Invitation to a Gunfighter (1964) torrent download

Invitation to a Gunfighter

1964

Action / Romance / Western

6.3

Synopsis

When Confederate soldier Matt Weaver returns to town after the Civil War, he finds that his home has been sold by town boss Sam Brewster. Brewster hires gunfighter Jules Gaspard d'Estaing to deal with Weaver, but d'Estaing's independent approach settles the town's problems in a very unorthodox manner.

Director

Richard Wilson

Cast

Yul Brynner
as Jules Gaspard d'Estaing
Janice Rule
as Ruth Adams
George Segal
as Matt Weaver
Alfred Ryder
as Doc Barker
Clifford David
as Crane Adams
Mike Kellin
as Blind Union Vet
Brad Dexter
as Kenarsie

Movie Reviews

Reviewed by bkoganbing 9 /10

Another Cajun Gunfighter Portrayal for Yul Brynner

This is an underrated western with a great moral lesson about both racism and judging too quickly from appearances. The townspeople led by Pat Hingle in this northern leaning western town hire Yul Brynner to gun down George Segal who has returned from the Civil War after fighting for the Confederacy. George Segal has come back to claim his land and his woman, each of which has been taken by another.

AS the movie progresses it's slowly revealed that the Union leaning town is not what it seems to be. Pat Hingle plays a politician very common for 30 years after the Civil War, adept at what they called "waving the bloody shirt." Just demagogue away at who did what and where during the war and ignore the current issues both social and economic.

During the course of The Magnificent Seven, Yul Brynner's Chris Adams is referred to as a Cajun. Here he's given a proper Cajun name of Jules D'Estaing and when his secret is revealed, a whole lot of people in that town have to confront their own prejudices.

Makes for worthwhile viewing.

Reviewed by lovette-bennett 8 /10

Moody Western

I loved Yul Brynner in this movie, and Janice Rule did a good job as the frustrated wife of the crippled, hard-drinking, ex-Civil War fighter. Yul Brynner is excellent as the brooding, cold, mercenary who has a job to do, but falls for the lady whose house he's decided to stay in while doing it. I was in my "Yul Brynner" phase when this one came out, and I can still see it over and over--much as I feel about The Magnificent Seven, the Return of the Seven, The Journey, or The King and I. I couldn't help but wonder if he actually played that harpsichord. He obviously couldn't sing, and only spoke the song while he played the tune on the lady's harpsichord.

Yul Brynner was a smoker, and the cigar is ever present. I met him in 1972 out in Malibu, and I asked him if he could quit smoking for his health's sake. He said, "Nope. Too hooked." He was, and sadly for his fans, it was his undoing. He signed a photo for me for my birthday that year, which I still cherish. The world lost a great actor when he passed. He was the best in a Western, wearing black and walking that walk...a man of few words.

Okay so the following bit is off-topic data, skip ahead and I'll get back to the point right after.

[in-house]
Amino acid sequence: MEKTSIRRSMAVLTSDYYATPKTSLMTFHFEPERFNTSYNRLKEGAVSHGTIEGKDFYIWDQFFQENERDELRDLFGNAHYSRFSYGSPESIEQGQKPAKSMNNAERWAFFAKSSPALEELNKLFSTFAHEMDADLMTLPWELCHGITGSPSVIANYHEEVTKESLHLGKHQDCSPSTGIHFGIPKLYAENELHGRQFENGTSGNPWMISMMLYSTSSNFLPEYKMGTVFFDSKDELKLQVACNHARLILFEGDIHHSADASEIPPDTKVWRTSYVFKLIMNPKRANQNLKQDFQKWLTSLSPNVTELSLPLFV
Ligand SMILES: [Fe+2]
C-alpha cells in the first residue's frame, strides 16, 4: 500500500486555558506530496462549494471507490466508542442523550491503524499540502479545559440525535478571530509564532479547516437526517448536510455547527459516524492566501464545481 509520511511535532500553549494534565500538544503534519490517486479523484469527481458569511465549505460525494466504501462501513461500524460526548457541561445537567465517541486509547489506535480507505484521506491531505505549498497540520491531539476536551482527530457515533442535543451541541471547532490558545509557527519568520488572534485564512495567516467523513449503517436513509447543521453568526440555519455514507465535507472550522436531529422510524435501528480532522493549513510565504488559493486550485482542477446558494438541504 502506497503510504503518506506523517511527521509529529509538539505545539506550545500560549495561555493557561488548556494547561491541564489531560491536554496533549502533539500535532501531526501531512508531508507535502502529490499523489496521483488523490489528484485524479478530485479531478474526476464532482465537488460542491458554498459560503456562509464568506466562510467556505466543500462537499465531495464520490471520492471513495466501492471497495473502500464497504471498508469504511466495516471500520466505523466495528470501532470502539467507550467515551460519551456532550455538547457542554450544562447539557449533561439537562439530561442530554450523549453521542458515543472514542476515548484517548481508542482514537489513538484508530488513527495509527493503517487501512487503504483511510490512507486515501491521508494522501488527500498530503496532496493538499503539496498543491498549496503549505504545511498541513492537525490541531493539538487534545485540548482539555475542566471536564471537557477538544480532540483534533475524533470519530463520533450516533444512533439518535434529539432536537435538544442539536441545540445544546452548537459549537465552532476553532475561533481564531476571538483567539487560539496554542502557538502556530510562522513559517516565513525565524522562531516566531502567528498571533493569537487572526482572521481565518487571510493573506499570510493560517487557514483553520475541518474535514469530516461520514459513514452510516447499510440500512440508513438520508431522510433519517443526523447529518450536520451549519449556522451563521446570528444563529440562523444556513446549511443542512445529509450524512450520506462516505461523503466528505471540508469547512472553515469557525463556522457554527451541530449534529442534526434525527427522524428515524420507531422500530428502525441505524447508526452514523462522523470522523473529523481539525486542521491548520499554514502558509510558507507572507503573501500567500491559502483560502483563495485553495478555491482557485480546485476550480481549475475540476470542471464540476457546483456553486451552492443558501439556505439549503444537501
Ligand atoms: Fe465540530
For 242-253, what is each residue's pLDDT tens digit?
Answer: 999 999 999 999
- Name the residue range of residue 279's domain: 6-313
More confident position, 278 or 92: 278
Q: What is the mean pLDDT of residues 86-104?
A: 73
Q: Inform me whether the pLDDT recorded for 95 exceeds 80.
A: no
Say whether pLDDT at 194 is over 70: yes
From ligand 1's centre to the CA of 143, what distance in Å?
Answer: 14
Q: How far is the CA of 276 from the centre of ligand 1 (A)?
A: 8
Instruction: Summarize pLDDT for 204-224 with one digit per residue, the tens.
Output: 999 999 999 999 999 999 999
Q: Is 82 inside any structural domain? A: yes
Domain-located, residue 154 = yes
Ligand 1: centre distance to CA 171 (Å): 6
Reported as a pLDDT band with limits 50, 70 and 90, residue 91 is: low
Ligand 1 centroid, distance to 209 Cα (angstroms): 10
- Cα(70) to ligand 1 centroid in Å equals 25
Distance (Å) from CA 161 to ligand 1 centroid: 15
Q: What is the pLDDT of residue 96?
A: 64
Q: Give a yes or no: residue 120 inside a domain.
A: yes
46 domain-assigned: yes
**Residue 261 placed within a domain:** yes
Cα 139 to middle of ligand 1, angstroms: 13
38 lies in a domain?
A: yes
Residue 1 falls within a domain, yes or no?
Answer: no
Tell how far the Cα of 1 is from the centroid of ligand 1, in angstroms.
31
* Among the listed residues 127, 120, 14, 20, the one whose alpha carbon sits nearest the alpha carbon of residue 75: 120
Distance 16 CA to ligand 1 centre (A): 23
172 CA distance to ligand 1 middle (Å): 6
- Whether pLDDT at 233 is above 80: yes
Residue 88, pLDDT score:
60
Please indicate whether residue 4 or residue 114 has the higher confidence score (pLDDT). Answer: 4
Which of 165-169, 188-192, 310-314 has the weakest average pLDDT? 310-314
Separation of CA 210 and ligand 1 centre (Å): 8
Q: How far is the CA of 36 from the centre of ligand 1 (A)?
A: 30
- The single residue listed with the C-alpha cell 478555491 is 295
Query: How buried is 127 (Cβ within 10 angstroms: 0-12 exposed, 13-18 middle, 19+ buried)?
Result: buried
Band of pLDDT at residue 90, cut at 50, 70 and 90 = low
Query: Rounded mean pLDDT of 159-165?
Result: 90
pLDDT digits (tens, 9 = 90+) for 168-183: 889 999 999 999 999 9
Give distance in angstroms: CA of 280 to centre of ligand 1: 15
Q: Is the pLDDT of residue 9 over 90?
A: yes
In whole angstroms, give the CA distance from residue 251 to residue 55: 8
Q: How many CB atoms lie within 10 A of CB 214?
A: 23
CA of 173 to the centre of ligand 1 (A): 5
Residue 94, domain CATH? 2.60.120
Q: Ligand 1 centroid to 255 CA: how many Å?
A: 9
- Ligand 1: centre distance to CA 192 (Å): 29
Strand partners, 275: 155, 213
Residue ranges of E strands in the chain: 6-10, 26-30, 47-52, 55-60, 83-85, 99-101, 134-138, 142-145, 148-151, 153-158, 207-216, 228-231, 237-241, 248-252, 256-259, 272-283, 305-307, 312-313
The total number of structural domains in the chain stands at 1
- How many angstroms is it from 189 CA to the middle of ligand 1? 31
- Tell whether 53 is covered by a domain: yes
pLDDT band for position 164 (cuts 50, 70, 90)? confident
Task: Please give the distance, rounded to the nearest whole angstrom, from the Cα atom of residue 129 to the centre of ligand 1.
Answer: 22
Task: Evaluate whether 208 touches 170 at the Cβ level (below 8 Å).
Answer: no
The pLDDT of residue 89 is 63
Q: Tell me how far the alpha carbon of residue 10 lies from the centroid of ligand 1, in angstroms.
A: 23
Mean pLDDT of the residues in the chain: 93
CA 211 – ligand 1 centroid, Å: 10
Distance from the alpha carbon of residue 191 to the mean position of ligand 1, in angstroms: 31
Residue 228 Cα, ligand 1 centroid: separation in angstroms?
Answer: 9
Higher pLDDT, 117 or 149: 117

Reviewed by lost-in-limbo 7 /10

Regretting the invite?

A modest little matinée western with little in way of style with its methodical direction, but leading the way are the strikingly prominent performances from Yul Brynner, George Segal, Pat Hingle, Janice Rule and backing it up is a lyrically well-oiled script stringed to a customary, but accessibly gripping premise that patiently builds upon its unfolding situations.

A confederate solider Matt Weaver returns back to his small town after the civil war to find out his home has been sold by the dominating town boss Sam Brewster. Causing a ruckus, Brewster hires the interestingly mysterious gunfighter Jules Gaspard d'Estaing to take care of Brewster; however Jules gets caught up in the devious shades of a town run by corrupt figures.

The way the story pans out is thoughtfully projected and the framework delivers it in an unconventional manner with some psychological interplays. The way the steely protagonist uses the situation to gain what he wants and hand out much needed justice within the shameful town simply holds you there. It's literally chatty, but never does it outstay its welcome. A sternly defined Brynner is outstanding (as the camera magnetically follows him around) and likewise is a booming Hingle. When the action/shoot outs occur they're rather sparse, but toughly staged despite its obvious studio bound sets.

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